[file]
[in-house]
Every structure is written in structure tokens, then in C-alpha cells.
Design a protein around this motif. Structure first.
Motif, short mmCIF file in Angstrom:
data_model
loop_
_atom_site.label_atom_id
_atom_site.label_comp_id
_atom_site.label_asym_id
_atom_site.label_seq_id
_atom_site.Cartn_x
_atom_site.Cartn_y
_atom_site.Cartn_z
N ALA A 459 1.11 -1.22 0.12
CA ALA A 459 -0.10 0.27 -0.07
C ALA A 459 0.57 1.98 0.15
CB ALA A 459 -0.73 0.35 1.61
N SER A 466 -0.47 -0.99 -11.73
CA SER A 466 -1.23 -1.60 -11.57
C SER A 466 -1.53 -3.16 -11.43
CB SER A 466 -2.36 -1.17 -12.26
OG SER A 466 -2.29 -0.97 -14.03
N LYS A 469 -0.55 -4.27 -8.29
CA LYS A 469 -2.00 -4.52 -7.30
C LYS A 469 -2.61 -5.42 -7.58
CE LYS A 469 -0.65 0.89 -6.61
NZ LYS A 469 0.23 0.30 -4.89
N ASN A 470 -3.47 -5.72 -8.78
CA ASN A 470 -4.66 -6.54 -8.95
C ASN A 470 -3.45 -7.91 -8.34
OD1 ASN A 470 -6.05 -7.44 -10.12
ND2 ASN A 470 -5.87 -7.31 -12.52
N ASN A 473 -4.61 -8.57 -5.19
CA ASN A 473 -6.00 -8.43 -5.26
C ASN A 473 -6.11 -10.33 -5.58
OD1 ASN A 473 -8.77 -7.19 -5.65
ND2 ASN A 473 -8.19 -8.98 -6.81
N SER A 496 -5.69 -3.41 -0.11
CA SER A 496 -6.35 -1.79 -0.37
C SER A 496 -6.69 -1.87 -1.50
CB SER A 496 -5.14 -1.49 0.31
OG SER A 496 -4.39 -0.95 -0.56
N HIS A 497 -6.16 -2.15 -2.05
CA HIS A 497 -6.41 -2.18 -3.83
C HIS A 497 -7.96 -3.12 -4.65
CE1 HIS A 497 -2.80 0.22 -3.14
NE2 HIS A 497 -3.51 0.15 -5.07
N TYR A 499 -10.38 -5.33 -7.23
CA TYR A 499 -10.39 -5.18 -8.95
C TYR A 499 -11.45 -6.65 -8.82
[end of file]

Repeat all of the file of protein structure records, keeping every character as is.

[in-house]
Every structure is written in structure tokens, then in C-alpha cells.
Design a protein around this motif. Structure first.
Motif, short mmCIF file in Angstrom:
data_model
loop_
_atom_site.label_atom_id
_atom_site.label_comp_id
_atom_site.label_asym_id
_atom_site.label_seq_id
_atom_site.Cartn_x
_atom_site.Cartn_y
_atom_site.Cartn_z
N ALA A 459 1.11 -1.22 0.12
CA ALA A 459 -0.10 0.27 -0.07
C ALA A 459 0.57 1.98 0.15
CB ALA A 459 -0.73 0.35 1.61
N SER A 466 -0.47 -0.99 -11.73
CA SER A 466 -1.23 -1.60 -11.57
C SER A 466 -1.53 -3.16 -11.43
CB SER A 466 -2.36 -1.17 -12.26
OG SER A 466 -2.29 -0.97 -14.03
N LYS A 469 -0.55 -4.27 -8.29
CA LYS A 469 -2.00 -4.52 -7.30
C LYS A 469 -2.61 -5.42 -7.58
CE LYS A 469 -0.65 0.89 -6.61
NZ LYS A 469 0.23 0.30 -4.89
N ASN A 470 -3.47 -5.72 -8.78
CA ASN A 470 -4.66 -6.54 -8.95
C ASN A 470 -3.45 -7.91 -8.34
OD1 ASN A 470 -6.05 -7.44 -10.12
ND2 ASN A 470 -5.87 -7.31 -12.52
N ASN A 473 -4.61 -8.57 -5.19
CA ASN A 473 -6.00 -8.43 -5.26
C ASN A 473 -6.11 -10.33 -5.58
OD1 ASN A 473 -8.77 -7.19 -5.65
ND2 ASN A 473 -8.19 -8.98 -6.81
N SER A 496 -5.69 -3.41 -0.11
CA SER A 496 -6.35 -1.79 -0.37
C SER A 496 -6.69 -1.87 -1.50
CB SER A 496 -5.14 -1.49 0.31
OG SER A 496 -4.39 -0.95 -0.56
N HIS A 497 -6.16 -2.15 -2.05
CA HIS A 497 -6.41 -2.18 -3.83
C HIS A 497 -7.96 -3.12 -4.65
CE1 HIS A 497 -2.80 0.22 -3.14
NE2 HIS A 497 -3.51 0.15 -5.07
N TYR A 499 -10.38 -5.33 -7.23
CA TYR A 499 -10.39 -5.18 -8.95
C TYR A 499 -11.45 -6.65 -8.82